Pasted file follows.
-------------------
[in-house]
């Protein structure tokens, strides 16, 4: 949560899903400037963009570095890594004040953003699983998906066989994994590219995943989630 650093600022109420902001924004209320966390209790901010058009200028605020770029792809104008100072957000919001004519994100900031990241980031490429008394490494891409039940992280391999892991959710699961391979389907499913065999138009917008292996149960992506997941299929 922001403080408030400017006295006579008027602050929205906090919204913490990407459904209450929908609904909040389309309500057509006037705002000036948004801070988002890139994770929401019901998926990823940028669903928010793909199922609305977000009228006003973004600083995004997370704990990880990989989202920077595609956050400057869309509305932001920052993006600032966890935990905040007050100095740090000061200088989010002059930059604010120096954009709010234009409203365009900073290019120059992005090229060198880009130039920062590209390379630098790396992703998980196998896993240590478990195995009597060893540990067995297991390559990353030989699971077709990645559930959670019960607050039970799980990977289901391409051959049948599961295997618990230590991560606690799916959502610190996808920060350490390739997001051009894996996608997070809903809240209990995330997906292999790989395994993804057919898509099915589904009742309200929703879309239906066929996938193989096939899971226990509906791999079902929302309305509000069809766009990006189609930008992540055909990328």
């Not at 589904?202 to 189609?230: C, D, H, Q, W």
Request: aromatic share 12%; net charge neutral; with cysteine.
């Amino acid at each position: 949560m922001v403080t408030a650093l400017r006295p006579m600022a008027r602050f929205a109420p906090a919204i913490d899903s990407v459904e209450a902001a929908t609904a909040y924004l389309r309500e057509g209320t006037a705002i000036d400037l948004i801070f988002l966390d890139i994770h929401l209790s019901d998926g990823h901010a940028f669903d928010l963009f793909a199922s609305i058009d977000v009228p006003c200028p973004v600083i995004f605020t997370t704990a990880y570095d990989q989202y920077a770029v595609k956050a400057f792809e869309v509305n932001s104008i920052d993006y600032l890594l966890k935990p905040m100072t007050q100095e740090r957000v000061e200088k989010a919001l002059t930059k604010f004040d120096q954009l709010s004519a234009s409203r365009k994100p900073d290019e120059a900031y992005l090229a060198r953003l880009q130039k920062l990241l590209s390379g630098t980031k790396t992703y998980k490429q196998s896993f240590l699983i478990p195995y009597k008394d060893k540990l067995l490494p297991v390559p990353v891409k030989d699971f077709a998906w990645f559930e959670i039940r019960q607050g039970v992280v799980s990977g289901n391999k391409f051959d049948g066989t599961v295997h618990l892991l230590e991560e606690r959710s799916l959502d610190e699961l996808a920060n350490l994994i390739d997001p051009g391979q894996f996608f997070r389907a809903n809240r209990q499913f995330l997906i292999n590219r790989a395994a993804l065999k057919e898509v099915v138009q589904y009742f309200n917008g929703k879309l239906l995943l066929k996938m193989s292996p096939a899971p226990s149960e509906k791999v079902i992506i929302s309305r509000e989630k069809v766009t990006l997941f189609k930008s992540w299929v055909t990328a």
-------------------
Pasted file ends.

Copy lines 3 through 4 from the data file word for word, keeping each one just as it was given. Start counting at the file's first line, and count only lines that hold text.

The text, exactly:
């Not at 589904?202 to 189609?230: C, D, H, Q, W």
Request: aromatic share 12%; net charge neutral; with cysteine.